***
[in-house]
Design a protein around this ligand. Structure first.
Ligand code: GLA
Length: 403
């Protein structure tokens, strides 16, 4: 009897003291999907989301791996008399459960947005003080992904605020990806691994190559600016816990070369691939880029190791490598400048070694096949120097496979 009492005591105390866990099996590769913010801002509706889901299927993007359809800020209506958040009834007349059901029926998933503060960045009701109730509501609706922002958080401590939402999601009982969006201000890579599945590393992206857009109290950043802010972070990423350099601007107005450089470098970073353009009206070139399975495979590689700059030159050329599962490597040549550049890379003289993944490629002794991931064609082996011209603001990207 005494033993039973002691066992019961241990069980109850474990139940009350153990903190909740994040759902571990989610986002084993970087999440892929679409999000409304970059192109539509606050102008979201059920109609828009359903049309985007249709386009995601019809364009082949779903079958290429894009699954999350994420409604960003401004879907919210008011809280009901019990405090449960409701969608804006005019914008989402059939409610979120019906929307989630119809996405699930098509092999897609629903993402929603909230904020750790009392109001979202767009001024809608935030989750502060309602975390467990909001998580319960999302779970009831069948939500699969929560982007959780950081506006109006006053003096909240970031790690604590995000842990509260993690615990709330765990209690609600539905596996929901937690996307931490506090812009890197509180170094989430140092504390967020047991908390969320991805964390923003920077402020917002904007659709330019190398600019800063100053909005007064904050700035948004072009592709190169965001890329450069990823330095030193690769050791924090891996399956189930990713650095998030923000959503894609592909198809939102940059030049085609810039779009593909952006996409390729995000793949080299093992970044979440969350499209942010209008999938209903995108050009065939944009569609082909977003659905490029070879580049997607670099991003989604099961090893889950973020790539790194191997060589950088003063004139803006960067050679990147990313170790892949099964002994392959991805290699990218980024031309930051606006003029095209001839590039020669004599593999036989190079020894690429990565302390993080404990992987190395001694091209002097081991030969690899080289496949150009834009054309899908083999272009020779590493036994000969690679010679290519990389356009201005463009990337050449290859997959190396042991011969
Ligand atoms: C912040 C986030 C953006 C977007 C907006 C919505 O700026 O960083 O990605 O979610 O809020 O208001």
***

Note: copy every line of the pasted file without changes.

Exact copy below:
[in-house]
Design a protein around this ligand. Structure first.
Ligand code: GLA
Length: 403
């Protein structure tokens, strides 16, 4: 009897003291999907989301791996008399459960947005003080992904605020990806691994190559600016816990070369691939880029190791490598400048070694096949120097496979 009492005591105390866990099996590769913010801002509706889901299927993007359809800020209506958040009834007349059901029926998933503060960045009701109730509501609706922002958080401590939402999601009982969006201000890579599945590393992206857009109290950043802010972070990423350099601007107005450089470098970073353009009206070139399975495979590689700059030159050329599962490597040549550049890379003289993944490629002794991931064609082996011209603001990207 005494033993039973002691066992019961241990069980109850474990139940009350153990903190909740994040759902571990989610986002084993970087999440892929679409999000409304970059192109539509606050102008979201059920109609828009359903049309985007249709386009995601019809364009082949779903079958290429894009699954999350994420409604960003401004879907919210008011809280009901019990405090449960409701969608804006005019914008989402059939409610979120019906929307989630119809996405699930098509092999897609629903993402929603909230904020750790009392109001979202767009001024809608935030989750502060309602975390467990909001998580319960999302779970009831069948939500699969929560982007959780950081506006109006006053003096909240970031790690604590995000842990509260993690615990709330765990209690609600539905596996929901937690996307931490506090812009890197509180170094989430140092504390967020047991908390969320991805964390923003920077402020917002904007659709330019190398600019800063100053909005007064904050700035948004072009592709190169965001890329450069990823330095030193690769050791924090891996399956189930990713650095998030923000959503894609592909198809939102940059030049085609810039779009593909952006996409390729995000793949080299093992970044979440969350499209942010209008999938209903995108050009065939944009569609082909977003659905490029070879580049997607670099991003989604099961090893889950973020790539790194191997060589950088003063004139803006960067050679990147990313170790892949099964002994392959991805290699990218980024031309930051606006003029095209001839590039020669004599593999036989190079020894690429990565302390993080404990992987190395001694091209002097081991030969690899080289496949150009834009054309899908083999272009020779590493036994000969690679010679290519990389356009201005463009990337050449290859997959190396042991011969
Ligand atoms: C912040 C986030 C953006 C977007 C907006 C919505 O700026 O960083 O990605 O979610 O809020 O208001």